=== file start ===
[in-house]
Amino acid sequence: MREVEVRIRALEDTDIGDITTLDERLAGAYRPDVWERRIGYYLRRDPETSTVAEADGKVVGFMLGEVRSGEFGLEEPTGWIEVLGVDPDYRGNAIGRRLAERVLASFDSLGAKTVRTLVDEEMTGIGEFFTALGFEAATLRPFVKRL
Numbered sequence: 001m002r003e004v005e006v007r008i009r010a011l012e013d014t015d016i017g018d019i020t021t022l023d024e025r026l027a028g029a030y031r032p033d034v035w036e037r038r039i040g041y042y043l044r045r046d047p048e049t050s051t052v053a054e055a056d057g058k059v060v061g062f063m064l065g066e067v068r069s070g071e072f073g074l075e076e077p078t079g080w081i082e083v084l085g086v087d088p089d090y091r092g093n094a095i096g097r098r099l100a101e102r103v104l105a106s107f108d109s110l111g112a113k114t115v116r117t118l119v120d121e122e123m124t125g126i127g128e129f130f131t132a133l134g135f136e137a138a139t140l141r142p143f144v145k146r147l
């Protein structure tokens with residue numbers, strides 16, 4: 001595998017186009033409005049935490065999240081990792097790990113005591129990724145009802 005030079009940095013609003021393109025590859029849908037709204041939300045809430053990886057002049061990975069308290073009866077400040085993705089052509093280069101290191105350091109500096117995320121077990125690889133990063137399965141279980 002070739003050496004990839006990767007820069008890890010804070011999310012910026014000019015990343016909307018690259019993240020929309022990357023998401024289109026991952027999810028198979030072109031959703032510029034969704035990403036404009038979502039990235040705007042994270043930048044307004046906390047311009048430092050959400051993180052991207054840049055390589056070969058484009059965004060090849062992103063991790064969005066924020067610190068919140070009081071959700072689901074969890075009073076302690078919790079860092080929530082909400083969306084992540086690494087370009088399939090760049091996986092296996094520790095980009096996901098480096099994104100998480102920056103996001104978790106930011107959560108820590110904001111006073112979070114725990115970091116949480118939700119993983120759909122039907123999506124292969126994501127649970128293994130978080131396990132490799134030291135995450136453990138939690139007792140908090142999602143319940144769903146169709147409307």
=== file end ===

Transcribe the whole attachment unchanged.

[in-house]
Amino acid sequence: MREVEVRIRALEDTDIGDITTLDERLAGAYRPDVWERRIGYYLRRDPETSTVAEADGKVVGFMLGEVRSGEFGLEEPTGWIEVLGVDPDYRGNAIGRRLAERVLASFDSLGAKTVRTLVDEEMTGIGEFFTALGFEAATLRPFVKRL
Numbered sequence: 001m002r003e004v005e006v007r008i009r010a011l012e013d014t015d016i017g018d019i020t021t022l023d024e025r026l027a028g029a030y031r032p033d034v035w036e037r038r039i040g041y042y043l044r045r046d047p048e049t050s051t052v053a054e055a056d057g058k059v060v061g062f063m064l065g066e067v068r069s070g071e072f073g074l075e076e077p078t079g080w081i082e083v084l085g086v087d088p089d090y091r092g093n094a095i096g097r098r099l100a101e102r103v104l105a106s107f108d109s110l111g112a113k114t115v116r117t118l119v120d121e122e123m124t125g126i127g128e129f130f131t132a133l134g135f136e137a138a139t140l141r142p143f144v145k146r147l
């Protein structure tokens with residue numbers, strides 16, 4: 001595998017186009033409005049935490065999240081990792097790990113005591129990724145009802 005030079009940095013609003021393109025590859029849908037709204041939300045809430053990886057002049061990975069308290073009866077400040085993705089052509093280069101290191105350091109500096117995320121077990125690889133990063137399965141279980 002070739003050496004990839006990767007820069008890890010804070011999310012910026014000019015990343016909307018690259019993240020929309022990357023998401024289109026991952027999810028198979030072109031959703032510029034969704035990403036404009038979502039990235040705007042994270043930048044307004046906390047311009048430092050959400051993180052991207054840049055390589056070969058484009059965004060090849062992103063991790064969005066924020067610190068919140070009081071959700072689901074969890075009073076302690078919790079860092080929530082909400083969306084992540086690494087370009088399939090760049091996986092296996094520790095980009096996901098480096099994104100998480102920056103996001104978790106930011107959560108820590110904001111006073112979070114725990115970091116949480118939700119993983120759909122039907123999506124292969126994501127649970128293994130978080131396990132490799134030291135995450136453990138939690139007792140908090142999602143319940144769903146169709147409307």